But I wanted to quell some fears for people who may have graduated with a degree in theatre, and let you know it's going to be okay. Probably, you have no idea what to do with it, or have no idea what to do with it because you know you won't be paid to do theatre for a while, and you have student loans and bills, so you're going to need a day job. But the skills you have acquired from theatre will help you immensely. So this post is wonderfully titled:
What a Theatre Degree Can Do for You in the Real World:
1. Time Management- Having rehearsals, classes, and then a job to pay for all those things makes a person really good at managing their time. They have mastered skills like; memorizing lines while also going to their history lecture, working their office job and also finishing a paper, and eating while also doing anything else.
2. Working as a Team- All of the directors, designers, managers, and actors have to come together and make a production something. It's not always easy working with all of these different types of people. At the beginning, none of them speak the same language, but quickly they learn...that the stage manager knows all and that everything will get done if they just talk to them.
3. Organizational Skills- It takes a lot of effort to put a production together. If one thing gets thrown off, the whole thing goes to hell. Theatre majors learn quickly to be organized because if they don't, they will most likely end up on stage naked while odd sound effects play in the background.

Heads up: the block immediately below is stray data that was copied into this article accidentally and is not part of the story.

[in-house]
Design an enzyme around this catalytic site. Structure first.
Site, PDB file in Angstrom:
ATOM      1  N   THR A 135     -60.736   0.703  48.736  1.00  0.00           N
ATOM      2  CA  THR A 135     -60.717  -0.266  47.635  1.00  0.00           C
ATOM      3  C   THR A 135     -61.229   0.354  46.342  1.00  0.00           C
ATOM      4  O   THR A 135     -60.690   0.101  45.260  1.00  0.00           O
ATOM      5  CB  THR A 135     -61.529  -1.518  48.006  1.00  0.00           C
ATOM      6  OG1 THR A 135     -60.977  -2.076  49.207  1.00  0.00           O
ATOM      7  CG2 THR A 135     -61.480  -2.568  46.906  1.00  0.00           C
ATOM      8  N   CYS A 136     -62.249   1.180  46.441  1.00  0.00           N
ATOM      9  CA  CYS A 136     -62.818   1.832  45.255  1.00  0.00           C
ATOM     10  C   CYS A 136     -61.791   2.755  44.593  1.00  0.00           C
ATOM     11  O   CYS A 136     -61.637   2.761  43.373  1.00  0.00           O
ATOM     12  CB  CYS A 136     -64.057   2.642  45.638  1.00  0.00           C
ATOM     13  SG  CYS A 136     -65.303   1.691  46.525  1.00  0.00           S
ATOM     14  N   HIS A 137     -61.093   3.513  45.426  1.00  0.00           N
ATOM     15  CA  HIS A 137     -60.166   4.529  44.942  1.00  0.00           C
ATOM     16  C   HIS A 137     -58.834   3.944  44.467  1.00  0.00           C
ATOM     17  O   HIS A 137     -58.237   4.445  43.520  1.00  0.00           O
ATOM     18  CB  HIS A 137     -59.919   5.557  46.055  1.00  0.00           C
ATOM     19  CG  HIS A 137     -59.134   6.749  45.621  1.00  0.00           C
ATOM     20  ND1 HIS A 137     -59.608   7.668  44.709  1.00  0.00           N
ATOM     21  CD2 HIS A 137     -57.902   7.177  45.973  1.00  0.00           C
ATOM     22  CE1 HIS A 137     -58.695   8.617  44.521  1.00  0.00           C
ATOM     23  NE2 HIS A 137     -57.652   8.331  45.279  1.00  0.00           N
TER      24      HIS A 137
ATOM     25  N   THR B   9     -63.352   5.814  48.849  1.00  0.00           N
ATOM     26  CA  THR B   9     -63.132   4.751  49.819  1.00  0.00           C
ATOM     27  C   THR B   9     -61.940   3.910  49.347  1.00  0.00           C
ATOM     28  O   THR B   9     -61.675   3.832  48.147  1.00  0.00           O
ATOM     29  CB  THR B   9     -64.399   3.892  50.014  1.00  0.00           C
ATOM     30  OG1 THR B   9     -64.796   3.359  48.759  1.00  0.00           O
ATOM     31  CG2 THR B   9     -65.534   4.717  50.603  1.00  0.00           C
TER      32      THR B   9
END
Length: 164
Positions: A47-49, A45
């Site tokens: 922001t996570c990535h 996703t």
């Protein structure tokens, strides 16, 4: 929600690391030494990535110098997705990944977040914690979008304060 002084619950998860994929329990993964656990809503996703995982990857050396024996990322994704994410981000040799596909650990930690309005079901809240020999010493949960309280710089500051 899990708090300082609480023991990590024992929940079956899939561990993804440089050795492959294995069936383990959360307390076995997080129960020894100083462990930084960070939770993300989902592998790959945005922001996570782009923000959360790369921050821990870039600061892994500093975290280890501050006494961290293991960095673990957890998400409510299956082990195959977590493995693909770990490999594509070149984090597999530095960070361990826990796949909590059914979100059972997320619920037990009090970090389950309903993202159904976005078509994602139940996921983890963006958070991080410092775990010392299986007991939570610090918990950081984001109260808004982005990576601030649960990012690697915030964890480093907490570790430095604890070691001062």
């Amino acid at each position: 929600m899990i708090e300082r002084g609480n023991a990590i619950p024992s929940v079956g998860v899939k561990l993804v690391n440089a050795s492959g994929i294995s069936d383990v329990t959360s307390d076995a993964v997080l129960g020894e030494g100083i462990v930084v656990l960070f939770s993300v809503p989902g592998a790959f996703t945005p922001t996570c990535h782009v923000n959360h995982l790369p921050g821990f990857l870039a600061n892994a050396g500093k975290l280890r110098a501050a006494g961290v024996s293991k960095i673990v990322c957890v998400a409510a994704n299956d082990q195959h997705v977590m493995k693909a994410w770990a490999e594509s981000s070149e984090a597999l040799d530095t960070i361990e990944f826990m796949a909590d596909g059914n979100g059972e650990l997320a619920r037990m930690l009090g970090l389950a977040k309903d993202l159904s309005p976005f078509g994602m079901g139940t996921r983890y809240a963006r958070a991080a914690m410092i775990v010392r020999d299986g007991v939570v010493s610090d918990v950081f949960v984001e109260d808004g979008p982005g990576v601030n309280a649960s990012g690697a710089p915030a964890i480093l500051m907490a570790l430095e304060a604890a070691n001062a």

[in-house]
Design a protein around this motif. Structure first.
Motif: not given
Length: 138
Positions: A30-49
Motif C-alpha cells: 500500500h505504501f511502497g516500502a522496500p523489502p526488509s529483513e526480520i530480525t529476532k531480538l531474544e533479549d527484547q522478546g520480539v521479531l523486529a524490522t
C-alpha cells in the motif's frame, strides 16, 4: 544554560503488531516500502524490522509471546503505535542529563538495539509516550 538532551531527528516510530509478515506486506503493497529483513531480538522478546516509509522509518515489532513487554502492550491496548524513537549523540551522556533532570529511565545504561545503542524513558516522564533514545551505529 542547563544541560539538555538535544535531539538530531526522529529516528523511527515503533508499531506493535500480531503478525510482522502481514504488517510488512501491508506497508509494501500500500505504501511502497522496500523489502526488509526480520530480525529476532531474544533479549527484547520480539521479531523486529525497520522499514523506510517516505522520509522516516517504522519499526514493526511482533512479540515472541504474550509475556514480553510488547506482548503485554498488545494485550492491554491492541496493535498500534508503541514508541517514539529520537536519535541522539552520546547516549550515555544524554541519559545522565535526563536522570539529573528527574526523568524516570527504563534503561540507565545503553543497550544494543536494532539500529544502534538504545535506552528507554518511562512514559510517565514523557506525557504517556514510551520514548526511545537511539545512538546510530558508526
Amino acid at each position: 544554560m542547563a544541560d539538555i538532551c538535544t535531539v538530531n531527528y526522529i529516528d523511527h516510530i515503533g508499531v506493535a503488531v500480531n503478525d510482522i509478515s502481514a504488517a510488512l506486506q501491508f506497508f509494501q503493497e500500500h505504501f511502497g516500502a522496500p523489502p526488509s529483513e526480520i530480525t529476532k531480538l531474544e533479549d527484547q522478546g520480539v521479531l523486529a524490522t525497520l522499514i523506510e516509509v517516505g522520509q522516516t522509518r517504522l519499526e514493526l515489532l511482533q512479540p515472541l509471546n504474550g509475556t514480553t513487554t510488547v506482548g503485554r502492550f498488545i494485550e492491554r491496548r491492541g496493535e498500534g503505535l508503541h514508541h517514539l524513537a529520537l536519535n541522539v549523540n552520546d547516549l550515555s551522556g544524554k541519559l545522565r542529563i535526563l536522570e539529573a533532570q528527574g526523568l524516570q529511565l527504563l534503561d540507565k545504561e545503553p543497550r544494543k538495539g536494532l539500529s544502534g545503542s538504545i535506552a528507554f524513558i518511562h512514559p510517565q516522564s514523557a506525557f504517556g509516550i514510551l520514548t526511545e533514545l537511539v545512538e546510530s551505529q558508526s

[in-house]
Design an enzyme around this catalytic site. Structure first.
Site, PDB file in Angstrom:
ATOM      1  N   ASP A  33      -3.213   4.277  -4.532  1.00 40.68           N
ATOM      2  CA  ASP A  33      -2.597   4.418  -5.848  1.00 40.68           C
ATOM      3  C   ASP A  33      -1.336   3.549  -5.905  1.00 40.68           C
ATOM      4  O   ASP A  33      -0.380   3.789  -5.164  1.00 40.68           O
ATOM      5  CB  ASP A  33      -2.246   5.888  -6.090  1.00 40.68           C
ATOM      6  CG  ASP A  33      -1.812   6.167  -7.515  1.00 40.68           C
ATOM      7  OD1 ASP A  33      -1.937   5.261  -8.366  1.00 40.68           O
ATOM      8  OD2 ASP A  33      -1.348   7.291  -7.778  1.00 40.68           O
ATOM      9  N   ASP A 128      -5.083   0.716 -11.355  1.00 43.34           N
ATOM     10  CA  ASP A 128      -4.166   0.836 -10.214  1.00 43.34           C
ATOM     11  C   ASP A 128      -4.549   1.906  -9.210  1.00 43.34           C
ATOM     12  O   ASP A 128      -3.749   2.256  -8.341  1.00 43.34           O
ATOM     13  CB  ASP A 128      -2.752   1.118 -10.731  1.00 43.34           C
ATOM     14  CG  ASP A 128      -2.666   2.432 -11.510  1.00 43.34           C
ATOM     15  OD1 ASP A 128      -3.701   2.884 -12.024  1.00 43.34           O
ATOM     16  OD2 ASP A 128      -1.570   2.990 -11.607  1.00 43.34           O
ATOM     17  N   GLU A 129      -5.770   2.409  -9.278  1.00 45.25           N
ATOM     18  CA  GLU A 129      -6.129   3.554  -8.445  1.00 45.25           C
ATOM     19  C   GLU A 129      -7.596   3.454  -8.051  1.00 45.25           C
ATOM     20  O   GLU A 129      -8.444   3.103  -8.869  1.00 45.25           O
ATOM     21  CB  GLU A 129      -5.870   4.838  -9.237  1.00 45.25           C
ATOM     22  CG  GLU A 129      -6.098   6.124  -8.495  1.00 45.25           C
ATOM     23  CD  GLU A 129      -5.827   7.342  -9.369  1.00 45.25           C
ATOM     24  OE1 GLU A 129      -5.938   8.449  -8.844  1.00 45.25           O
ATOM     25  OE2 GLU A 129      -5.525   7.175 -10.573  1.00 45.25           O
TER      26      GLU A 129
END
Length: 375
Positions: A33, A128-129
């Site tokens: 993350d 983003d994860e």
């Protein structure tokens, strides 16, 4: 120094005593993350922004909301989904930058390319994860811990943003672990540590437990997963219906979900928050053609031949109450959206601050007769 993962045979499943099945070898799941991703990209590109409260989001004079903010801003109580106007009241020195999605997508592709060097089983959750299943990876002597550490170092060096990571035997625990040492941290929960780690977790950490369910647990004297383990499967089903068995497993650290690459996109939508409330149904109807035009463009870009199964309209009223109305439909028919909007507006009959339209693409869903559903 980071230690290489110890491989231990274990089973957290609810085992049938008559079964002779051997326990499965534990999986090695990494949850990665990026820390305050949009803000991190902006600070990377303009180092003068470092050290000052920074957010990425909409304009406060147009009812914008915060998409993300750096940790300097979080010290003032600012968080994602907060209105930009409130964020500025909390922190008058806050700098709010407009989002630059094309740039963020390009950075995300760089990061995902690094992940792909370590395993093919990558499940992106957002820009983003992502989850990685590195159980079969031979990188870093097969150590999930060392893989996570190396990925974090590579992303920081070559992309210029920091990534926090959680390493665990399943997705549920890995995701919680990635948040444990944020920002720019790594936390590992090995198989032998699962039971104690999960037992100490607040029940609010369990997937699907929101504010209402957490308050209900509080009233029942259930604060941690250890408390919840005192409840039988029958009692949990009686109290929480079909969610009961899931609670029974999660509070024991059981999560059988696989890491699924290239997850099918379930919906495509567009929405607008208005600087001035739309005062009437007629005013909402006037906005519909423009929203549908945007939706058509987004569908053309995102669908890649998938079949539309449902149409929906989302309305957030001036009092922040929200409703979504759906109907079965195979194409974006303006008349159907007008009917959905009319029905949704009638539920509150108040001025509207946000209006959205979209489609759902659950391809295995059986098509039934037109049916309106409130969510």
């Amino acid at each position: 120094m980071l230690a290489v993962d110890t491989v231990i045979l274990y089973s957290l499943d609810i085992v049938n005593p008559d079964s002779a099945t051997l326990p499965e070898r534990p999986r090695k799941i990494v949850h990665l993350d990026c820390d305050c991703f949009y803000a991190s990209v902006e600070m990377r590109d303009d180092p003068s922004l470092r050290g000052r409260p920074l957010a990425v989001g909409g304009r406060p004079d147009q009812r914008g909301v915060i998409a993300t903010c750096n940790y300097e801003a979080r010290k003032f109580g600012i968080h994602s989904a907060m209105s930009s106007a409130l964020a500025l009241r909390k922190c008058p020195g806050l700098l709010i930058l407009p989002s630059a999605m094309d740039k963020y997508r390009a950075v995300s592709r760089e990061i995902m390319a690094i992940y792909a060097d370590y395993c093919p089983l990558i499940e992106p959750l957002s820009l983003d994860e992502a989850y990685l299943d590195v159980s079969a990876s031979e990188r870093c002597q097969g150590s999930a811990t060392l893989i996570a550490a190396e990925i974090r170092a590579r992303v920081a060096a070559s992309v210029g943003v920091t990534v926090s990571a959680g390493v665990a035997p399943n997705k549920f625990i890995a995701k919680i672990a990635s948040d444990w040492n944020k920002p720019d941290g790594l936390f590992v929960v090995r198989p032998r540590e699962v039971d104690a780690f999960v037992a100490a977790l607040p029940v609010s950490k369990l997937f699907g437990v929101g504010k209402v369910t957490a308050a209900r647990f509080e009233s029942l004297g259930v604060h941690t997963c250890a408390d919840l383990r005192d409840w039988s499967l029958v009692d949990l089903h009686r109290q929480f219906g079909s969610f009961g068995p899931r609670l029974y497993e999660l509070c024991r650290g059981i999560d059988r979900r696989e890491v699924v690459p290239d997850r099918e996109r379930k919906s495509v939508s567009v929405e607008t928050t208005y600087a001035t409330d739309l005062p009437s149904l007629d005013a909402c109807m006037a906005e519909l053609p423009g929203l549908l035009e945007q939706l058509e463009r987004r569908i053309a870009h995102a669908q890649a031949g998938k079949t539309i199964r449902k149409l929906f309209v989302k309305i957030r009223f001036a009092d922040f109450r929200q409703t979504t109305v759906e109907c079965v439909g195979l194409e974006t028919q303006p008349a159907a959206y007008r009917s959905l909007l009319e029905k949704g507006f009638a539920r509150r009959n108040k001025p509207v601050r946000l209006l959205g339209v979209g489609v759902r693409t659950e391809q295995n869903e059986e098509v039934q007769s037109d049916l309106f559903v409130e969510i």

4. Public Speaking- That one is kind of obvious. Theatre, if nothing else, trains you to be able to speak in front of others. And that is not just for actors but for directors and stage managers as well. They must have a commanding voice that captures a room to make the actors actually shut up and pay attention for three seconds.
5. Creative Problem Solving- "Does it work? In Theory." It's a techie motto. Theatre has no big budget to get everything you need. Sometimes duct tape will have to get the job done regardless of structural integrity. As long as it lasts the amount we need it to, it's fine. With that ingenuity, problems of the workplace become as simple as using a paper clip.
6. Building Things- We build sets and make costumes. Give us a tool box and tell us what you want, and we can probably give it to you, but remember number 5, not everything will be made exactly how you expect it, especially Ikea furniture.
7. Endless Patience- Nothing helps at a day job, whether it be in customer service or in an office, more than patience. And theatre teaches you well. By the time you can make it through a production without trying to strangle someone, you know you have become completely zen.
8. Creating excuses on the spot - This is a skill from our improv friends. Ever have your boss walk in and ask what you're doing and you don't want to say reddit or tumblr? Improv helps you have answers ready to go, so you won't get fired. And most likely these excuses will be so creative, no one will ever question them. They'll think, no one could make that up. Improvisers can and will.
9. You can keep up at the office Christmas Parties without being "that guy"- No one can survive a show without drinking, so theatre majors quickly learn how to handle their alcohol. You won't need to worry about being the one who is spoken about in hushed tones on the Monday after the holiday party. You'll actually be the only who is fully functioning on the Monday after the holiday party, and if you're lucky, the only one who remembers. Knowledge is power.
10. Not being tired after a 8 hour work day because you've worked four 12-15 hour days in a row because tech was behind and things needed to get done, so you gave up sleeping. - No matter how crazy your night was before, you can still give your job 110% because you'll never be as tired as you were during your last tech week.
Now these are just to name a few. There are many more lessons to be learned from being a theatre major. So new graduates, do not fret about what is ahead. You'll be fine. Just remember that there is always a show somewhere that can help ease the craziness that is the "real world"